We need adventure in our lives, especially the wilderness variety. As adventurer and indie vanlife god Chris McCandless once wrote, “I also know how important it is in life not necessarily to be strong but to feel strong. To measure yourself at least once. To find yourself at least once in the most ancient of human conditions.”

So let the kids run wild. A little bit of mud never hurt anybody.

(Interested in learning more about EarthWorks? Click here!)

In Their Own Words

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“We’ve been opposed to the PennEast Pipeline that’s bringing natural gas through here, but the problem is it’s almost impossible to fight. It’s an interstate pipeline and interstate pipelines are approved by a federal agency called the Federal Energy Regulatory Commission. It was set up in 2005 by a bunch of secret meetings that Dick Cheney ran at which only energy executives were at, no environmentalists. And they got Congress to pass this thing, FERC as it’s called, and it’s never turned down a pipeline. So it’s very hard to fight.” —Don Miles, Executive Committee member, Pennsylvania Chapter of the Sierra Club

Sierra Club, Lehigh Valley Group

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The Lehigh Valley Group of the Pennsylvania Chapter hosted a screening of “From the Ashes” at the Charles Brown Ice House in Bethlehem, Pennsylvania.

If you’re involved in the outdoors in any capacity, you’ve heard of the Sierra Club before. Headquartered in Oakland, California, and founded in 1892 by environmentalist and outdoorsman John Muir, the organization boasts three million supporters, making them the undisputed king of grassroots environmentalism.

I met with Executive Committee member of the Pennsylvania Chapter Don Miles after a screening of “From the Ashes,” a documentary about America’s coal industry. The film screening was busy, but not packed, and at 24, I was on the younger side of attendees.

The attendee demographic wasn’t surprising. I see far more of my peers at events like the Banff Mountain Film Festival tour than I do at environmentalism events. Who wants to hear about how U.S. coal plants are responsible for more than half of human-caused mercury emissions when you could watch Angel Collinson ski unbelievable lines in Alaska? Adventure trumps activism. Or so it seems.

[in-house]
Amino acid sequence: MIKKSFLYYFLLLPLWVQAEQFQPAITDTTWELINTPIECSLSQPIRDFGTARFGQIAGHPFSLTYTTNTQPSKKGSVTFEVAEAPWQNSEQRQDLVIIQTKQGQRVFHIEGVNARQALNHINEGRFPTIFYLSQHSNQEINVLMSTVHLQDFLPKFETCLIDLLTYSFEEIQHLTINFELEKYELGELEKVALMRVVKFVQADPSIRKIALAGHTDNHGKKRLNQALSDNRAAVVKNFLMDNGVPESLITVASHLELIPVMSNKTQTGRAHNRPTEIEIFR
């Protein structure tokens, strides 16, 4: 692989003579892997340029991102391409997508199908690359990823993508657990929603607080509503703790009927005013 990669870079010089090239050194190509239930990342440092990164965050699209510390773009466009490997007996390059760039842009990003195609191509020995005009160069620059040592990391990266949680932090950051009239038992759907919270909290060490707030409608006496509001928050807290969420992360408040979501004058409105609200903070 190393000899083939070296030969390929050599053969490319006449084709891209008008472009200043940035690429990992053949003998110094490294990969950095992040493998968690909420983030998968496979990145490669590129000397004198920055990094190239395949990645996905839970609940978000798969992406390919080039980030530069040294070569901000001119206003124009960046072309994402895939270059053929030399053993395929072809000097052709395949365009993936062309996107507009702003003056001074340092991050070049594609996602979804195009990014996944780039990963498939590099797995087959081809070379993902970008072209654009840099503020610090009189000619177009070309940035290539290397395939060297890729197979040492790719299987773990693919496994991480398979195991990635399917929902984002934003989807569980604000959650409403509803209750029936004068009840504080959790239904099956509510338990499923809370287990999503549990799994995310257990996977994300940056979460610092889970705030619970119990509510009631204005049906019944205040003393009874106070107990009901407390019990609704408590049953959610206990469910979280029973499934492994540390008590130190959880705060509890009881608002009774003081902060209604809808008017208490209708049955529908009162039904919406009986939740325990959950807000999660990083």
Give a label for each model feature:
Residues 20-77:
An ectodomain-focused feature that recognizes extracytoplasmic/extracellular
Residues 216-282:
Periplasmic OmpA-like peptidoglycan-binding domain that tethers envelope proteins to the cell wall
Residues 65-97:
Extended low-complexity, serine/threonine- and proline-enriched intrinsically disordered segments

So who is strapping on their Tevas and taking up the environmental banner (a sustainably produced banner, of course)?

Well, not the people who showed up to the public hearing on wind turbines in the Lehigh Valley region that Don attended.

“[There were] 300 people there. All screaming and yelling, and all full of misinformation,” said Don. One man stood up and expressed concern about the danger turbines posed to deer, bear, and mountain lions. Don informed him that the eastern cougar (mountain lion) has been extinct for nearly 70 years, the last one formally registered as killed by the Pennsylvania Game Commission in 1874. “There’s a certain sort of person who knows what they know and doesn’t want to hear any facts. And you can’t argue with them,” he told me.

When people do show up to public forums, Don pointed out that they’re not usually supporters: “My experience in practicing law for 40 years is the vast majority of people who show up to meetings are against what’s going on, not in favor of it. If people are in favor of something, they just think it’s going to happen. It’s the people that are against something that turn up.”

I’ve never been to a public forum before. Prior to 2017, I’d never called or emailed a government representative. But apathy is a luxury I can no longer afford. The cost of inaction is too high.

There are different degrees of activism, and any type of participation is helpful. But how do we motivate people to go from hashtags to public forums? How do we cultivate passion for things we so often take for granted? How do we make films about coal just as enticing, just as attention-grabbing as films about skiing?

I don’t have many answers. But this blog, for me, is a start.